My Top Ten Most Important Books

When I volunteered to create a “Top Ten” list for the Nerdy Book Club, I mulled over the possibilities. Many different lists popped into my mind, but it was in reading with my youngest son, Liam, that the idea firmly took hold. I wanted to create the Top Ten Most Important Books to me. (Disclaimer, this is my Top Ten Most Important Books – as of 11:03 pm on 1/10/12. These things change as you find new books, but as members of NBC, you already knew that)

1. Baby Sister for Frances by Russell Hoban

This was the book my parents gave me at the age of two and again at four when a sibling was enroute. I poured over this book, the entire series in fact. At the age of 37, almost 38, I still remember that Frances favorite food was bread and jam – something I tried to copy to be more like her.

2. The Monster at the End of This Book by Jon Stone

I think this is the book that made me a reader and a teacher. It was the first time I realized that they way I read a book mattered to others. I could make them laugh when I wanted. I could make kids beg to hear it again. (Oh, the power!) I adored this book and still love sharing it with students and my own children.

3. Are You There God? It’s Me, Margaret? by Judy Blume

Man alive, I am surprised my copy of this book didn’t just fall apart. I lost count of how many times I read it from second through fifth grade. Upon rereading it this summer after twenty-six years away, I knew immediately that Margaret borrows a yellow swimsuit from her friend. I remembered the clothes she wore to the party. And I still remember asking my mom why Margaret was so worried about punctuation when I first read it in second grade. Life lessons, I tell you.

4. Lonesome Dove by Larry McMurtry

So anyone who knows me in real life might know that I can be stubborn. I was often grounded from TV when I was growing up. I heard, during ninth grade, that a mini-series was going to be on TV and it was based around a famous book. I’d do anything to watch TV at that point so I created a persuasive paper (my dad’s a lawyer) detailing the reasons my parents should lift my grounding. I won and watched the amazing mini-series. I then bought the book and read it multiple times. One of my most memorable reading experiences from high school.

5. Harry Potter and the Sorcerer’s Stone by J.K. Rowling

I still remember watching The Rosie O’Donnell Show in 1999 when she talked about this series. The first three books were out and I immediately bought them. To say I devoured the series is a serious understatement. I credit these books for bringing me back to children’s literature (I was just becoming a teacher). I still haven’t watched the last movie, although I own it, because I don’t want the experience to be over, yet.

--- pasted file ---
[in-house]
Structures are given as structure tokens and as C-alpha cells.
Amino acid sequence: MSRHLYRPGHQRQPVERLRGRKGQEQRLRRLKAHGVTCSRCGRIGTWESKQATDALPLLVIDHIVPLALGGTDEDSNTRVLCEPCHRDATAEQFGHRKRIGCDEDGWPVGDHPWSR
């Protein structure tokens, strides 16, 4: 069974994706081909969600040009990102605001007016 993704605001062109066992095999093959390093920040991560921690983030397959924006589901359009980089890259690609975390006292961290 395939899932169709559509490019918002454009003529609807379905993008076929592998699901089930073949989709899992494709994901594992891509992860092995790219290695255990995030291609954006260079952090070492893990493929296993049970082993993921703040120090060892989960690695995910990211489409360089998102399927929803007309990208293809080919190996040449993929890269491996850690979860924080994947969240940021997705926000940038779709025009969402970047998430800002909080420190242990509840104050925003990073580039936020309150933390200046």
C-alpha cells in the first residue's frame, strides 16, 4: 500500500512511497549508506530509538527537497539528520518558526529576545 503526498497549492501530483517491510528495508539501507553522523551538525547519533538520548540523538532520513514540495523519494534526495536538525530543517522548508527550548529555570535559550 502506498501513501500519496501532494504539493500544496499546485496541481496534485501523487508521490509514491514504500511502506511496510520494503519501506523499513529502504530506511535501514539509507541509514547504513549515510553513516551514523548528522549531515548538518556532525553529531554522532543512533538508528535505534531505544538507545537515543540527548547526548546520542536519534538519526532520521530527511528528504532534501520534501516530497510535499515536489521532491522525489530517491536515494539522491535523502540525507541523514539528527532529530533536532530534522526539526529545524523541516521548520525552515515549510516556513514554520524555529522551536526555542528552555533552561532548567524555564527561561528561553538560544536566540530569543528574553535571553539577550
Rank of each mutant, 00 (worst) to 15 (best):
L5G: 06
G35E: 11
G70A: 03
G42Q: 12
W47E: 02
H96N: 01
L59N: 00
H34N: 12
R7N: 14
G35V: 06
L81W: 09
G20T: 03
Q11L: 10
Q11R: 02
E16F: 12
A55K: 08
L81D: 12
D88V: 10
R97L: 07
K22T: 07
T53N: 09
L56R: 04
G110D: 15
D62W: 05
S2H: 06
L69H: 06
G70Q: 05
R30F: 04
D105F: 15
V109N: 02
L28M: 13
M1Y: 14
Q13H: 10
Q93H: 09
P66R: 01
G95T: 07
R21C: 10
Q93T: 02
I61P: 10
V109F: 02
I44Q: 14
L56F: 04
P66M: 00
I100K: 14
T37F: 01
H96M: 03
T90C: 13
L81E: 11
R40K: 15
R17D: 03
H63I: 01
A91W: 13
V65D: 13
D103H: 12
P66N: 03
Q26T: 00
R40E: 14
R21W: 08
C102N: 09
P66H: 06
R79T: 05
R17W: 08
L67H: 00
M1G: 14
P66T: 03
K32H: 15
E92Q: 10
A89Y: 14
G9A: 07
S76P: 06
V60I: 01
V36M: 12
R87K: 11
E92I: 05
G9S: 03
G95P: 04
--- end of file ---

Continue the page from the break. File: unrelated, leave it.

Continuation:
6. Stone Fox by John Reynolds Gardiner

I plan on writing a retro review – either here or at my own site for this book so I won’t say too much. What I will mention is that I read this book in my first year of teaching and made a HUGE mistake. I did not read the book before assigning it to my class. And so, on the final day of the unit, I began reading the book in a circle with my students. I reached a certain point – and if you are familiar with the book at all you know what I’m talking about – and I let out a gasp and began to sob. The ugly kind of cry you don’t want to do in front of students. Fortunately my cousin was in that first class. He picked up a box of Kleenex and told me to keep going.

7. I Want My Hat Back by Jon Klassen

We’ve talked about this book so much, on Twitter and on personal blogs. What I love about this book is that it shows exactly what I think all great books can do, bring people together. I think of my Twitter friends each and every time I read this book to a class.

8. Goodnight Moon by Margaret Wise Brown

Simply put, this book is important to me because it is the first book I read to my children. I knew it by heart so on those nights where you were too tired to do anything else, I could recite it from memory. It exemplifies my belief that reading is important when children are small because I know I read it the first week of each of my boys’ lives.

9. The Lightning Thief by Rick Riordan

This book stands out for many reasons. It is one of my favorite read alouds to my students. Even more than that, my son, Luke, loves this book. We traveled six hours round trip to see Rick Riordan speak. We’ve seen the movies together, read the books together. It is what made him love reading.

10. Biscuit by Alyssa Satin Capucilli

And with this book, I come full circle. My son, Liam, is six years old. Reading has been a struggle but in the last two months he has taken off. Just the other night I brought Biscuit home. In his room I went to read it to him and he said, “Let me try.” He did and I could see the pride in his eyes. He told me that book made him feel like a reader, and for that I am grateful. And on my trip to the library today he asked for more.

And there you have it! Ten books that mean a lot to me. How about you? Anything familiar here or share your favorites in the comments.

Katherine Sokolowski

Katherine has taught for fourteen years and currently teaches fifth grade. She is passionate about reading both in her classroom and also with her two sons. When not recommending books to strangers in the library or the bookstore, Katherine can be found writing at her blog: